Cockeysville Doctor Wounded in Hopkins Shooting
Dr. David B. Cohen of Hunt Valley has been identified as the surgeon shot by a man angry over the medical care his mother had received.
UPDATED (8:35 P.M.)—Dr. David B. Cohen, the doctor who was shot Thursday at Johns Hopkins Hospital in East Baltimore, appears to be a Cockeysville resident who works for a practice that has offices in Towson, Lutherville, White Marsh and elsewhere.
A Johns Hopkins Hospital spokeswoman said she could "not confirm nor deny" the doctor's identity. But news reports today stated Cohen was the wounded surgeon shot by an Arlington, VA, man upset over his mother's medical care, a Baltimore police spokesman said.
Public records indicate that an orthopedic doctor named David B. Cohen lives in Hunt Valley, but no one appeared to be home when a Patch reporter visited the residence. And neighbors were unaware of the morning shooting of Dr. Cohen, who is expected to survive.
Neighbors of the shooter, identified by police as Paul Warren Pardus, 50, of the 2100 block of South Kenmore Street in Arlington, were shocked to learn of the incident. One neighbor told Patch that Pardus was constantly caring for his mother, identified as Jean Davis.
"She'd been sick, in and out of the hospital, but he was always there for her. That's how it seemed," said Teresa Green, Pardus' next door neighbor. "He practically lived out of the hospital with his mom.
"This is a mind blower," Green added. "We could never see that coming. He seemed like a really decent man and he seemed to take good care of her."
Apparently, however, Pardus snapped and pulled a gun on Dr. Cohen after talking to him about his mother's condition. He shot Dr. Cohen in the abdomen before eventually killing his mother and himself.
One of Dr. Cohen's patients, Susan Revello of Rockville, MD, praised the doctor for his treatment of her. She said his surgical skills changed her life. Dr. Cohen operated on Revello, 48, three times since 2001. The first surgery, an operation on her lower back, changed her life, she said in an interview with Patch.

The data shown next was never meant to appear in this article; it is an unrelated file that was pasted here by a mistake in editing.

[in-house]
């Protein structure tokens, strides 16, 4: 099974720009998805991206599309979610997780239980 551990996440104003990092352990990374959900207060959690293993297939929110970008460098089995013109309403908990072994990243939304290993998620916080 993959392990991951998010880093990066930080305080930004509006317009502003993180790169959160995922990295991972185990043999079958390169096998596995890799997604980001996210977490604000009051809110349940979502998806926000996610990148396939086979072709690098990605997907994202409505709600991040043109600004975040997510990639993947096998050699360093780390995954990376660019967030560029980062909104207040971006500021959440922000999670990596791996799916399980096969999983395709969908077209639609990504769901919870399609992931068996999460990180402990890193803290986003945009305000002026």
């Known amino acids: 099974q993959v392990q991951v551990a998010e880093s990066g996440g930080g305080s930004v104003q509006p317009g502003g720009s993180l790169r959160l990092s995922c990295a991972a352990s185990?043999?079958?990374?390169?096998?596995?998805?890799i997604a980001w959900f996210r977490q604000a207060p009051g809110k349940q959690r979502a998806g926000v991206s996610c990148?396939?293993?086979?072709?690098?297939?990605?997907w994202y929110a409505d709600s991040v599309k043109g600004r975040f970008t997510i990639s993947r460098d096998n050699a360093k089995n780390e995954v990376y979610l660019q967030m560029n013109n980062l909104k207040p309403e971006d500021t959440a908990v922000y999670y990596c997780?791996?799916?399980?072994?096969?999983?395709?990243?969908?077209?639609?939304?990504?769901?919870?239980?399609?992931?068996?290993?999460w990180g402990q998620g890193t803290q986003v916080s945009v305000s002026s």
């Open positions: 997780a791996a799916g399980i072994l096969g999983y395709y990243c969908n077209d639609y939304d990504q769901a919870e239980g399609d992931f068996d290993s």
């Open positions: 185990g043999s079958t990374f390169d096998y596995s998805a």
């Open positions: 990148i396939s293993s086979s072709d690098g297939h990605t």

Revello said Dr. Cohen figured out what was wrong with her in 10 minutes after she had languished in pain for months in Florida, where doctors were unable to pinpoint her problem.
"I could barely walk. He was a life-changer for me," said Revello, who said Dr. Cohen had at least one child, a daughter. "I cried when I heard it was him."
She said she wants people to pray for him because he was "the answer to my prayers." She said he was a very serious doctor who was accessible at all hours and frequently called her to keep her updated and informed.
"He tends to be serious," she said. "He's not someone who's going to tell jokes. It was always fun to get him to laugh."
Many of Dr. Cohen's neighbors were unaware of the incident that took place this morning. Jennifer Wickwier, who lives three houses down from the Cohens in Cockeysville, was shocked to find out what happened. She said she learned of the incident while at a doctor's appointment in Towson.
"It's very sad and just really upsetting to know that it's somebody so close to where I live … But I don't know them personally," Wickwier said. "They're very private people."